'Ah, shoot, man, we'll be doin' her a favor. We go on down to the mercantile now and order up our stuff, we'll save her some
time so when she come from seein' that lawyer, we can jus' go on home. Besides, I got somethin' to show ya.'
Stacey pondered the suggestion for a long moment. 'Well, I guess it'll be all right.' he said finally.
'Big Ma said stay here I' I objected, hoping that Mr. Jamison would come out with Big Ma.
'Stay here then,' Stacey called over his shoulder as he crossed the street with T.J.
I dashed after them. I wasn't about to stay on that side walk by myself.
The Barnett Mercantile had everything. Its shelves, counters, and floor space boasted items from ladies' ribbons to burlap
bags of seeds; from babies' bottles to brand-new potbellied stoves. T.J., who had been to the store several times before, wove
his way among the farmers and led us to a counter at the far corner of the room. The counter had a glass top, and beneath the
glass were handguns artfully displayed on a bolt of red velvet.
'Jus' look at it,' T.J. said dreamily, 'Ain't she somethin't'
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'What!' I said.
'That pearl-handled one. Stacey, man, you ever seen a gun like that before in your whole life! I'd sell my life for that gun. One
of these days I'm gonna have it, too.'
'I reckon I ain't,' said Stacey politely. 'It's a nice-looking gun all right.'
I stared down at the gun. A price tag of $5·95 sfa'ed back at me. 'Thirty-five dollars and ninety-five cents!' I almost screamed.
'Just for an ole gun! What the devil you gonna use it for! Can't hunt with it.'
T.J. looked at me with disgust. 'Ain't s'pose to hunt with it. It's for protection.'
'Protection of what!' I asked, thinking of Papa's sturdy shotgun that hung over his and Mama's bed, and the sleek Winchester
rifle which Big Ma kept locked in the trunk beneath our own bed. That thing couldn't hardly kill a rattlesnake.'
There's other things a body needs protectin' from more than a rattlesnake,' he said haughtily. 'I get me that gun and ain't
nobody gonna mess with me. I wouldn't need no- body.
Stacey backed away from the counter. He seemed nervous being in the store. 'We better get those things you need and get on
outa here 'fore Big Ma comes looking for us.
'Ah, man, there's plenty of time,' said T.J., looking longingly at the gun. 'Sure wish I could jus' hold it, jus' once.'
'Come on, T.J.,' ordered Stacey, 'or me and Cassie's gonna go on back outside.'
'Oh, all right.' T.J. turned reluctantly away and went to a counter where a man was measuring nails onto a scale. We stood
patiently waiting behind the people in front of us and when our turn came, T.J. handed his list to the man. 'Mr. Barnett, sir,' he
said,'I got me this here list of things my mamma want.'
The storekeeper studied the list and without looking up asked, 'You one of Mr. Granger's people !'
'Yessir,' answered T.J.
Mr. Barnett walked to another counter and began filling the order, but before he finished a white woman called, 'Mr. Barnett,
you waiting on anybody just now?'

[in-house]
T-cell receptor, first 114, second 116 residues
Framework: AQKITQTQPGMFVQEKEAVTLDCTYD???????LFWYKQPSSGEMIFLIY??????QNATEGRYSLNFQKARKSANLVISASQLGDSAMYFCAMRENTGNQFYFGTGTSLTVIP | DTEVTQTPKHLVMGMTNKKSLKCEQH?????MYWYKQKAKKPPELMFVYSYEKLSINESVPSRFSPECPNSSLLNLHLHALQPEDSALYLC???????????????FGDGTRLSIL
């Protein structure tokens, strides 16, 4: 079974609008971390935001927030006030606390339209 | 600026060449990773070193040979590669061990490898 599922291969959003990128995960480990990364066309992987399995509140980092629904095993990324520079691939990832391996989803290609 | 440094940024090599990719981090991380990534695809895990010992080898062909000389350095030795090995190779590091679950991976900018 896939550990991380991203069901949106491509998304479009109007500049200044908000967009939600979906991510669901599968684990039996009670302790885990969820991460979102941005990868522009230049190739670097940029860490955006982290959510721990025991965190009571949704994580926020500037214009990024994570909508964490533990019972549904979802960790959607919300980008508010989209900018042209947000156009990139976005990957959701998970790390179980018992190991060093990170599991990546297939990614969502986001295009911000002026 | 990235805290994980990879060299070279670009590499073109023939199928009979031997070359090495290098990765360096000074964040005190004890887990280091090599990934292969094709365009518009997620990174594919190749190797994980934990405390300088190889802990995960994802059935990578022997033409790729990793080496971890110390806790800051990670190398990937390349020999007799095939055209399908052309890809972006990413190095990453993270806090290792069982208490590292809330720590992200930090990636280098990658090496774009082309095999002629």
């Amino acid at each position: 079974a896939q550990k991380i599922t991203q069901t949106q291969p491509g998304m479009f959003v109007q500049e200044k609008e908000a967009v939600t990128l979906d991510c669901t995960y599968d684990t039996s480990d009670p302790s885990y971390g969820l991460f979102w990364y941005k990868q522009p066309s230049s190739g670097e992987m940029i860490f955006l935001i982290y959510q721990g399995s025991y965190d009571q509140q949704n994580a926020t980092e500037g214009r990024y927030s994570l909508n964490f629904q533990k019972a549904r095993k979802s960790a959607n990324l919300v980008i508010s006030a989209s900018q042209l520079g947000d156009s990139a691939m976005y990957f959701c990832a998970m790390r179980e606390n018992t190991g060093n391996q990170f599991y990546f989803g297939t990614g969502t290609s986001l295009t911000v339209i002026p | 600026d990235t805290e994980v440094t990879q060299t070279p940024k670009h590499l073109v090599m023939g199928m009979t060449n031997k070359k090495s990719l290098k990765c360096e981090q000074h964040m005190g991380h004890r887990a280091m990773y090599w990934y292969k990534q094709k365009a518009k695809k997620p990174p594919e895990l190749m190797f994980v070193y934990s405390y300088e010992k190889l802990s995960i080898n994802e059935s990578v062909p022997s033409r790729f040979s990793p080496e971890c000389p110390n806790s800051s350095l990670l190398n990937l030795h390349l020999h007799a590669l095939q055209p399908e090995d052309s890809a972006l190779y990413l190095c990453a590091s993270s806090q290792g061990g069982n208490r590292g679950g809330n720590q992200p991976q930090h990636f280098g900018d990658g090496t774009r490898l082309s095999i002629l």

Mr. Barnett turned around. 'Just them,' he said, indicating us with a wave of his hand. 'What can I do for you. Miz Emmaline!'
The woman handed him a list twice as long as T.J.'s and the storekeeper, without a word of apology to us, proceeded to fill it.
'What's he doing !' I objected.
'Hush, Cassie,' said Stacey, looking very embarrassed and uncomfortable. T.J.'s face was totally bland, as if nothing at all had
When the woman's order was finally filled, Mr. Barnett again picked up T.J.'s list, but before he had gotten the next item his
wife called, 'Jim Lee, these folks needing help over here and I got my hands full.' And as if we were not even there, he
'Where's hi going!' I cried.
'He'll be back,' said T.J., wandering away.
After waiting several minutes for his return, Stacey said 'Come on, Cassie, let's get out of here.' He started toward the door
and I followed. But as we passed one of the counters, I spied Mr. Barnett wrapping an order of pork chops for a white girl.
Adults were one thing: I could almost under- stand that. They ruled things and there was nothing that could be done about
them. But some kid who was no bigger than me was something else again. Certainly Mr. Barnett had simply forgotten about
T.J.'s order. I decided to remind him and, without saying anything to Stacey, I turned around and marched over to Mr.
'Uh ...'scuse me, Mr. Barnett,' I said as politely as I could, waiting a moment for him to look up from his wrapping. 'I think
you forgot, but you was waiting on us 'fore you was waiting on this girl here, and we been waiting a good while now for you
to get back.'
The girl gazed at me strangely, but Mr. Barnett did not look up. I assumed that he had not heard me. I was near the end of the
counter so I merely went to the other side of it and tugged on his shirt sleeve to get his attention.
He recoiled as if I had struck him.
'Y-you was helping us,' I said, backing to the front of the counter again.
'Well, you just get your little black self back over there and wait some more,' he said in a low, tight voice.
I was hot. I had been as nice as I could be to him and here he was talking like this. 'We been waiting on you for near an hour,'